• Sound Stories & Interviews
  • Old School Twist of Fate: Dr. Dog takes lo-fi to a high level

    It's back to the coal mine for Dr. Dog...that's what a hit record will get ya.Dr. Dog Fate ★★★★✩ Park the Van Records Sometimes, the newest music sounds old, and you like it even more just for that express reason. Such is the case with Fate, an 11-track collection of rustically poppy cuts from Philadelphia quintet Dr. Dog that sounds like it needs that fuzzy LP hiss between tracks to sound complete. Dr. Dog are just now gaining mainstream attention, and it was actually their previous record We All Belong that brought them to the forefront and to stages at festivals all over the country. Fate is the band's fifth studio release and is marked by a quintessentially old stlye that is more or less intentional, at least from a technical standpoint. Like few bands in their generation or the generation above them, for that matter, Dr. Dog still records on actual tape. That's right, they are actually rolling tape as opposed to settling for tossing all their tracks onto a hard drive to be tuned and twisted with space-age technology into pop gold.
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  • Outside Features
  • Carbon Fiber versus Carbon Neutral: The meaning of our stuff, action shooting, and hot chicken

    Aisles and aisles of stuff at Outdoor RetailerOn Stuff As outdoor lovers, most of us try to tread lightly on our planet. We Leave No Trace, we join Blue Sky, we ride to work, we recycle. But we also love our gear: our full-suspension mountain bikes with disc brakes, our biomechanically designed running shoes, our lightweight carbon fiber paddles. Cool stuff. George Carlin, the satirical comedian who passed away in June, had a famous routine on stuff (Google him to find the YouTube video of his five-minute sketch). He made fun of how attached we are to, and possibly bogged down we are by, our possessions. The Story of Stuff with Annie Leonard at takes a harder line on manufacturing and the evils of Stuff in our consumption-based socioeconomy. So, how do we align our environmental ethos with our desire for techy new gear? Manufacturers in the outdoor industry are faced with an especially ironic challenge. They are in business to build products that enable people to get out and enjoy the great outdoors, but the manufacturing of those products ultimately consumes finite resources.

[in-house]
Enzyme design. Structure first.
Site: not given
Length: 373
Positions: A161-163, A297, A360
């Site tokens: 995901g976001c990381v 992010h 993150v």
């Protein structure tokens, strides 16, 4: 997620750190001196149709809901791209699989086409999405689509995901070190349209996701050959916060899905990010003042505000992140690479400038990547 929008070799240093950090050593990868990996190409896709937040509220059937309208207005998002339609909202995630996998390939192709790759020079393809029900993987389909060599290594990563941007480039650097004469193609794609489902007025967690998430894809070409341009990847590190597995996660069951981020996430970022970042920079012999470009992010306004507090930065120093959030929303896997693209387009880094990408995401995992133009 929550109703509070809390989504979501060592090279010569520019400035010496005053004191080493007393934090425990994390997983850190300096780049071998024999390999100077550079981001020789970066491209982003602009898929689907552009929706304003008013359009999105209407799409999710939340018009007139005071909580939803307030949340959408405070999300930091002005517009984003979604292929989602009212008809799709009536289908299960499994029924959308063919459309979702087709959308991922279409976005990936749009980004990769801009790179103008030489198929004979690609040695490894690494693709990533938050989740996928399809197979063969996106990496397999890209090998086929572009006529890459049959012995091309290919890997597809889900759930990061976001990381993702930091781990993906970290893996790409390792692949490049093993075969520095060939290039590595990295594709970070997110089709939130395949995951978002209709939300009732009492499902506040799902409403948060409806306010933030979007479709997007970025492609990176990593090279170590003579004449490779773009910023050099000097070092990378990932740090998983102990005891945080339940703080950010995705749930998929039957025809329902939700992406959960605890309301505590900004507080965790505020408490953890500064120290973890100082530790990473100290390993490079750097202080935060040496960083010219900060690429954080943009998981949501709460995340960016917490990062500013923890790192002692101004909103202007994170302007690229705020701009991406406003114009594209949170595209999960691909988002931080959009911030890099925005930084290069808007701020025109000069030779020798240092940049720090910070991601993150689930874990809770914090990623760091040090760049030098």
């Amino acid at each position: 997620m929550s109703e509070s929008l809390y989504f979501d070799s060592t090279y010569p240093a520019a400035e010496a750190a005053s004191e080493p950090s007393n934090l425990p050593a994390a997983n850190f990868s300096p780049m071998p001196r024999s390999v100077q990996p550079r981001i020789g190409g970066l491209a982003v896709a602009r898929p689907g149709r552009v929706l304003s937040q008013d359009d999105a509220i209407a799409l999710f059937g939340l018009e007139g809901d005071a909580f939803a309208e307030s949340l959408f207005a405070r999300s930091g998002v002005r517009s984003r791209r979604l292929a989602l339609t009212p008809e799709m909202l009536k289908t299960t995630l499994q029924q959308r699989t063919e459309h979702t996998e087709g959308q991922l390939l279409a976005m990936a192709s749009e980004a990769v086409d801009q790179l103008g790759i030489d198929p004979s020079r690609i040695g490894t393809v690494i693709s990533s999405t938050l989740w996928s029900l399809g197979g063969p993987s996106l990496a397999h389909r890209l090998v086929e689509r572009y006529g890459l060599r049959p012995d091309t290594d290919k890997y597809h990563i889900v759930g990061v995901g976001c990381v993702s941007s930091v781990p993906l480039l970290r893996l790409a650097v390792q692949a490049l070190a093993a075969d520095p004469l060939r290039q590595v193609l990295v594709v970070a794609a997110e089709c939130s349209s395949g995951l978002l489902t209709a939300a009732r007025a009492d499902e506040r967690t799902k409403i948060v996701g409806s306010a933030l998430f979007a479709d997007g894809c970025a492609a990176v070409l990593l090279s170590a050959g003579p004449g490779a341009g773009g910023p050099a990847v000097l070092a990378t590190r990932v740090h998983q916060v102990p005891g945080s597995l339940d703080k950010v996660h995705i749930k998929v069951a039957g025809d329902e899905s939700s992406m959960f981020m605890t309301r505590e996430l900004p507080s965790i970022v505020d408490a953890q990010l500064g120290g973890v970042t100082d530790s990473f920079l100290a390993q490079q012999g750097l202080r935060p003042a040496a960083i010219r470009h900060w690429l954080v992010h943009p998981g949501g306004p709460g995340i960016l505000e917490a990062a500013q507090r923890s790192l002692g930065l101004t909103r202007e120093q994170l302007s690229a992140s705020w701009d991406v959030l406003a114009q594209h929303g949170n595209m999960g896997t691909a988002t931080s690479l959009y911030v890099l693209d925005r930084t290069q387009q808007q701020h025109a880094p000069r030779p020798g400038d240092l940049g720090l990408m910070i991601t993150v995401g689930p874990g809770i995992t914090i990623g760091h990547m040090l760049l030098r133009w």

• The Wandering Eye
  • But He Didn't Inhale

    Mike Erickson, a Republican running for Congress in Oregon's 5th District over by Portland, is trying to defend himself against charges that a "humanitarian" trip
  • The Wandering Eye
  • Blowin' in the Wind?

    T.A. Barnhart of the BlueOregon blog made the daring voyage over the hill to Bend with The Bus Project last weekend to ring doorbells for